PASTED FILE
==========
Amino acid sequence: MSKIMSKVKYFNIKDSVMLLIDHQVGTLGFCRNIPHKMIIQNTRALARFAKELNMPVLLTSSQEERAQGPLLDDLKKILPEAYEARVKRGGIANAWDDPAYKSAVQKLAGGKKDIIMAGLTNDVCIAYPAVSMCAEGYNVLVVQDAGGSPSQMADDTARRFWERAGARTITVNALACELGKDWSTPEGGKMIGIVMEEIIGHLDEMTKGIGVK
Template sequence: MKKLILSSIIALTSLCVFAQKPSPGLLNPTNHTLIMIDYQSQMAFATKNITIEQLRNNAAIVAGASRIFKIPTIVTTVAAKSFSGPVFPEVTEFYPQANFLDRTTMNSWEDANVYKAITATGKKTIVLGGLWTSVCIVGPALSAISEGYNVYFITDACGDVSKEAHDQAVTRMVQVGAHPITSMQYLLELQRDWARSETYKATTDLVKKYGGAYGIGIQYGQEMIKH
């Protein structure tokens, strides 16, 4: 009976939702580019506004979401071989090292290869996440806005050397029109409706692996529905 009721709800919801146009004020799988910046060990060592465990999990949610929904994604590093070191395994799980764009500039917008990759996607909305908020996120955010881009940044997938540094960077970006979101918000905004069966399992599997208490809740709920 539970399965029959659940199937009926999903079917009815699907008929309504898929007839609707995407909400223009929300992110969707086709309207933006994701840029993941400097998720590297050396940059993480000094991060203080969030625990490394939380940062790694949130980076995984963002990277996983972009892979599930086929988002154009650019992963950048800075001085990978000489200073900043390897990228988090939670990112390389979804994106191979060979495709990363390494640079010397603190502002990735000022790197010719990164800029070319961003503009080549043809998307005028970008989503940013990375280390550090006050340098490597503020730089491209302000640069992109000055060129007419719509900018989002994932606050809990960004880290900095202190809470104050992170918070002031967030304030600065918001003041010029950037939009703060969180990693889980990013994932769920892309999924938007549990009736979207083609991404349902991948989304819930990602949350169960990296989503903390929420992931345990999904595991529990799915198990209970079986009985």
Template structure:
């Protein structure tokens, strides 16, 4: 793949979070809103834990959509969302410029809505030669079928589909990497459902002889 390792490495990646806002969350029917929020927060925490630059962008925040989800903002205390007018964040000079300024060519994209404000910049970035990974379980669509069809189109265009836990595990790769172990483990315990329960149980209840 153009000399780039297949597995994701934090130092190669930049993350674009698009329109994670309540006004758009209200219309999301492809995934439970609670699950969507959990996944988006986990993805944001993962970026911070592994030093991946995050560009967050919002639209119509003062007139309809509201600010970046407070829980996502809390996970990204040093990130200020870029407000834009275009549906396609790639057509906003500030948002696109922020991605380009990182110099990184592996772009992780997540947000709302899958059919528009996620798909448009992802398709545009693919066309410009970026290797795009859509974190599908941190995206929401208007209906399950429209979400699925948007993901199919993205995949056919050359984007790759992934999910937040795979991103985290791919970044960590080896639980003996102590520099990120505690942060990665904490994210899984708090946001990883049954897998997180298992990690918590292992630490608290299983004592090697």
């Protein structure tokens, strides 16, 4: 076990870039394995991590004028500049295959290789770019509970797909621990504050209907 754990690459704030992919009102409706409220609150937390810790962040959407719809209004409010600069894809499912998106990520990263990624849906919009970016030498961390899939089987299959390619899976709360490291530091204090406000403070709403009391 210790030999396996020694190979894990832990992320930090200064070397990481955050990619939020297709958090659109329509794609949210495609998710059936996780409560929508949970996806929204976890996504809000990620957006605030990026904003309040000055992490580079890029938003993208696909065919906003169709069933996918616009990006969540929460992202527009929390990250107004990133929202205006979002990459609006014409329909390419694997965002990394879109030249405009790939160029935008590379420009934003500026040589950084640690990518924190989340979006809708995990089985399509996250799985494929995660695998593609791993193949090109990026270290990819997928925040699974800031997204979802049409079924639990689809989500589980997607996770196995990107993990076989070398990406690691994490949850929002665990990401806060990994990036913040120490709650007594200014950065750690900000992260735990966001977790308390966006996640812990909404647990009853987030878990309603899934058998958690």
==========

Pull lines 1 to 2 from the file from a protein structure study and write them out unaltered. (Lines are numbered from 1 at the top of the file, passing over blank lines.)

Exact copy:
Amino acid sequence: MSKIMSKVKYFNIKDSVMLLIDHQVGTLGFCRNIPHKMIIQNTRALARFAKELNMPVLLTSSQEERAQGPLLDDLKKILPEAYEARVKRGGIANAWDDPAYKSAVQKLAGGKKDIIMAGLTNDVCIAYPAVSMCAEGYNVLVVQDAGGSPSQMADDTARRFWERAGARTITVNALACELGKDWSTPEGGKMIGIVMEEIIGHLDEMTKGIGVK
Template sequence: MKKLILSSIIALTSLCVFAQKPSPGLLNPTNHTLIMIDYQSQMAFATKNITIEQLRNNAAIVAGASRIFKIPTIVTTVAAKSFSGPVFPEVTEFYPQANFLDRTTMNSWEDANVYKAITATGKKTIVLGGLWTSVCIVGPALSAISEGYNVYFITDACGDVSKEAHDQAVTRMVQVGAHPITSMQYLLELQRDWARSETYKATTDLVKKYGGAYGIGIQYGQEMIKH